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Conservatives will always be suspicious of the Arizona senator

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John McCain and the Terrible, Horrible, No Good, Very Bad Campaign

Conservatives will always be suspicious of the Arizona senator

About a month ago, Howard Fineman opined that the leading 2008 Presidential candidates could be paired into three groups.  In Fineman’s view, former Mayor Rudy Giuliani and Sen. Barack Obama represent their respective parties’ “Charismatic” candidates, while former Sen. John Edwards and former Gov. Mitt Romney are “Base-Wooers.” Senators Hillary Clinton and John McCain are described as “Practicals.”

Inasmuch as such a Manichean view of the candidates is useful, McCain is better paired with Edwards, not Clinton.  Both Edwards and McCain are former presidential candidates who had done surprisingly well in previous long-shot campaigns.  Both, however, have run truly abysmal campaigns so far this cycle.

The problems with McCain’s candidacy date back to the collapse of his 2000 campaign.  While it is common knowledge that McCain has a “base problem,” many have forgotten just how a cenator with a reasonably conservative record earned the enmity of so many conservatives.  In early February of 2000, McCain shocked the political world by upending George W. Bush by 18 points in the New Hampshire primary.  Bush righted his ship a few weeks later with a victory in South Carolina.  But the following week McCain rallied in his native Arizona and in Michigan, winning a double victory.  This set the stage for a battle royale in the Virginia primary.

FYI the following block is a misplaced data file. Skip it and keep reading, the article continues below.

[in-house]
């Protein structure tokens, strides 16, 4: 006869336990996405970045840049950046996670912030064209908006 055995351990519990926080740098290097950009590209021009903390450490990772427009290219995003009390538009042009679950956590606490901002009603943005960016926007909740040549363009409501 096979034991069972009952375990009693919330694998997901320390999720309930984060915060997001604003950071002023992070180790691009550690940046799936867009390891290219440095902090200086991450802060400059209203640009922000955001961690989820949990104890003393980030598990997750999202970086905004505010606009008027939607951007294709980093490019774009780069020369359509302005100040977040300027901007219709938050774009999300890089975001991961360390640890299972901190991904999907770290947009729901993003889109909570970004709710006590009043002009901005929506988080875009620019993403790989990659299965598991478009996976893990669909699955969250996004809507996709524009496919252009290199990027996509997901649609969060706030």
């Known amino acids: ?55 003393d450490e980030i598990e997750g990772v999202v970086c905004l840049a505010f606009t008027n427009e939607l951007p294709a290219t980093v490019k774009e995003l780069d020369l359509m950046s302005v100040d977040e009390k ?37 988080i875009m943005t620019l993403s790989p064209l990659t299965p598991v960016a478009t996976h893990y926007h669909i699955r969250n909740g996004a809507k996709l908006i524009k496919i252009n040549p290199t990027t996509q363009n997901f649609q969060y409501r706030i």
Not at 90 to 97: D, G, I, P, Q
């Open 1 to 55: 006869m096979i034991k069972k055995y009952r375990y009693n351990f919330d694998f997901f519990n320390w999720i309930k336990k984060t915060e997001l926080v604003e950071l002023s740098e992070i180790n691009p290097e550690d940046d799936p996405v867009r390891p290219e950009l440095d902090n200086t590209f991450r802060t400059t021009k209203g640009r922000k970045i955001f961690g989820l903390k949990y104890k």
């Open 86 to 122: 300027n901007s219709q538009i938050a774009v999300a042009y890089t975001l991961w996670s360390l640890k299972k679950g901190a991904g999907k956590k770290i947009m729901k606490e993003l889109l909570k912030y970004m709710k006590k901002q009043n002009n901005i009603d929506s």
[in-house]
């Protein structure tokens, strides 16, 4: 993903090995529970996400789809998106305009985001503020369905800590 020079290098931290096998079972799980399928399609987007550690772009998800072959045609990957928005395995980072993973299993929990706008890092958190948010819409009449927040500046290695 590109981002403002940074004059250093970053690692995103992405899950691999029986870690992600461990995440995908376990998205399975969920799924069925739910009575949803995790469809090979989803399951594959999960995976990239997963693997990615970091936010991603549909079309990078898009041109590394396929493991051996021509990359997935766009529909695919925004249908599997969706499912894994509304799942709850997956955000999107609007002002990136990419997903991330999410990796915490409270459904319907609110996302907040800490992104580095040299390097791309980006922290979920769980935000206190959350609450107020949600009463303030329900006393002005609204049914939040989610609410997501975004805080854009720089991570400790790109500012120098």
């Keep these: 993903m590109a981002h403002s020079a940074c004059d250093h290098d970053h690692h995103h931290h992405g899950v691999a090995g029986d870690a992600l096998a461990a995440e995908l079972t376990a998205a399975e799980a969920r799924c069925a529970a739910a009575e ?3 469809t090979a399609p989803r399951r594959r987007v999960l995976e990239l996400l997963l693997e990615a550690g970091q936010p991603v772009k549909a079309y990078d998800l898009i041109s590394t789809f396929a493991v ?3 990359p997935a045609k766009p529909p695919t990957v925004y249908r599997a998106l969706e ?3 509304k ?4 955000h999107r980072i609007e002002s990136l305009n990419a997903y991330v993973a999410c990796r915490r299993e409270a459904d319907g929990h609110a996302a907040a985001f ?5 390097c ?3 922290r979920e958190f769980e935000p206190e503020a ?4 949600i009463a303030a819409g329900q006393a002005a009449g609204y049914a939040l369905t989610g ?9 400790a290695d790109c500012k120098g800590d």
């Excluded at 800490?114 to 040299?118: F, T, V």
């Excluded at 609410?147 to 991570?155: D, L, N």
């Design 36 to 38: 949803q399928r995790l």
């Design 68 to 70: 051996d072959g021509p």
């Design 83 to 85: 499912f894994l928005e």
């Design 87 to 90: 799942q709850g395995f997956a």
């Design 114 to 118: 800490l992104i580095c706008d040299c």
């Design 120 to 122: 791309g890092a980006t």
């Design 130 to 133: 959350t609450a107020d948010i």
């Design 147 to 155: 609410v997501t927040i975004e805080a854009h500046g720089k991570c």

The race was tight, but McCain — who was increasingly on thin ice with the conservative base due to his comfortable relationship with the media and open courting of independents and Democrats during the primary season — committed a horrendous pair of errors that haunt him to this day.  On February 28, he compared leaders of the Religious Right to Nation of Islam leader Louis Farrakhan and activist leader Rev. Al Sharpton. The following day he accused the Rev. Pat Robertson and Rev. Jerry Falwell of wielding “an evil influence” over the Republican Party.  

McCain apologized quickly, but the damage was done.  The conservative base and its evangelical subset are more heterodox than the national media caricature, but the deliberate assault on a substantial segment of the party was too much for loyalists of all stripes to bear.  He lost Virginia by 10 points.  His campaign never recovered any momentum, and though he won a handful of New England primaries on the following week’s “Super Tuesday,” the race was essentially over.

Thus, McCain’s task for this campaign has been to rebuild his bridges with the base of his party.  He has emphasized his pro-life credentials, which are definitely the strongest among the “Big Three” of McCain, Romney, and Giuliani.  He found religion on tax cuts, and now supports extending the Bush tax cuts.  He spoke at a graduation at Rev. Falwell’s Liberty University.  And perhaps most importantly, he has been a staunch supporter of the Bush Administration’s troop surge in Iraq.